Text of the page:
Looking at the rules themselves, the combat system stands out because it uses a special set of dice featuring swords, shields and bows, and depending on the kind of attack chosen by the players or the enemy creatures fitting symbols for attack and defense must be rolled. Quite interesting is also the determination of Initiative in combat, because all characters and creatures have Initiative cards which are arranged in a ranking to determine the Initiative for each round of combat. To put some pressure on the players, the game also features a mechanism which simulates the passing of playing time which results in the movement of a "chapter"-marker on the general overview board, and if the chapter-marker moves too far the players will lose the game because they run out of time. The challenge is not as tough as the sometimes lightning-fast "storyteller"-figure in Legends of Andor, but still the players may feel the need for a bit of haste especially of they make a series of unlucky rolls which may result in a triggering of a new chapter.

Very neat and really unusual is the dungeon itself, because the players actually explore the castle from the perspective of mice. This means the modular gameboard features passages within the castle walls and the cellars, but each board section also offers a possibility to exit to one of the castle locations like the kitchen, the courtyard or the Queen's chambers. When the players use such an exit, the board section is turned over to its other side, and the players' figures now are positioned in this new location in order to continue their quest from this point. Quite interestingly, the players sometimes are forced to change locations in this way, because an entrance to the next board only may be found on one side of the board section. This stands in contrast to all other dungeon crawlers I have played so far, and it greatly helps Mice and Mystics in its efforts to set itself apart from its peers.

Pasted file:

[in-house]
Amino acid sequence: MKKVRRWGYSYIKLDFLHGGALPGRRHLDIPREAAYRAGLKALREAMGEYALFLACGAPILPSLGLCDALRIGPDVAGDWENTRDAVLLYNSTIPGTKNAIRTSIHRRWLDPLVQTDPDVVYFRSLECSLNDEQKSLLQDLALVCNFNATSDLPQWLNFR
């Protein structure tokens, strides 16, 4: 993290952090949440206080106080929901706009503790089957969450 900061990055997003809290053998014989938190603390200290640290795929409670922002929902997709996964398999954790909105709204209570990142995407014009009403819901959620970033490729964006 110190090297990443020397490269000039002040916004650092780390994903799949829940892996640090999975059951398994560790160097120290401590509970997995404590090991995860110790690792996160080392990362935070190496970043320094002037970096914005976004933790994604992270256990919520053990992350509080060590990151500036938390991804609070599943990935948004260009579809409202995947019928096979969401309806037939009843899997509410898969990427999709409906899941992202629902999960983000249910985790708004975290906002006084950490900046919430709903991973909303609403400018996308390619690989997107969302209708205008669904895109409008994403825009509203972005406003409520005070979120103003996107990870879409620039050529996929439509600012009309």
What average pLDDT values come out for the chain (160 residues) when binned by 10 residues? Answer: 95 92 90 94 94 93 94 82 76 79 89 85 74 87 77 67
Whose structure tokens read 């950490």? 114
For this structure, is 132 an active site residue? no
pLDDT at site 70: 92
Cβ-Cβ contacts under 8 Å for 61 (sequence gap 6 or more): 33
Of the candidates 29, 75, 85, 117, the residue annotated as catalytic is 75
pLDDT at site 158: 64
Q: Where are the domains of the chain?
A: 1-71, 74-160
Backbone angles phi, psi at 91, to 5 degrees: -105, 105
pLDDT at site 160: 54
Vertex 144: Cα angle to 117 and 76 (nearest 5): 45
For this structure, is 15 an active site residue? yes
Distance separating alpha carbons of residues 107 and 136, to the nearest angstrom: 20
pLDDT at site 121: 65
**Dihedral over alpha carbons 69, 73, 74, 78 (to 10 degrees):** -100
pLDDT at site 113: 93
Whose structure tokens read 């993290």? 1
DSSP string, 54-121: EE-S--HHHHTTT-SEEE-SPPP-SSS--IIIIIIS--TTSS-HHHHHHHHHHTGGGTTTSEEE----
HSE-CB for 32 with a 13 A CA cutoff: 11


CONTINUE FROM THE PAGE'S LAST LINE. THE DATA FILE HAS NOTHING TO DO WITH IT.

To sum it up, Mice and Mystics is a fantasy game which succeeds in capturing children and grown-ups alike, and if the players allow themselves to get involved with the story of each mission the playing atmosphere is simply outstanding. This experience is supported by a manageable set of rules which includes enough details for varied gameplay but does not overwhelm the players. However, while the gamebox recommends the game to children aged seven years or older, I would recommend the presence of at least one older player if children of this age want to participate. Some minor rules tend to be forgotten, and in addition the players will collect different items, skills and spells during the course of the game, and it can get a bit fiddly to keep an overview of all these extras during play. Here some guidance from an older player is necessary to keep the game afloat. All other gaming groups with a liking for fantasy games should have no problems at all to plunge into the world of Mice and Mystics, and with one expansion already released the game promises many interesting hours of gaming. Go on and join the cheesequest!

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Copyright & copy; 2014 Frank Schulte-Kulkmann, Essen, Germany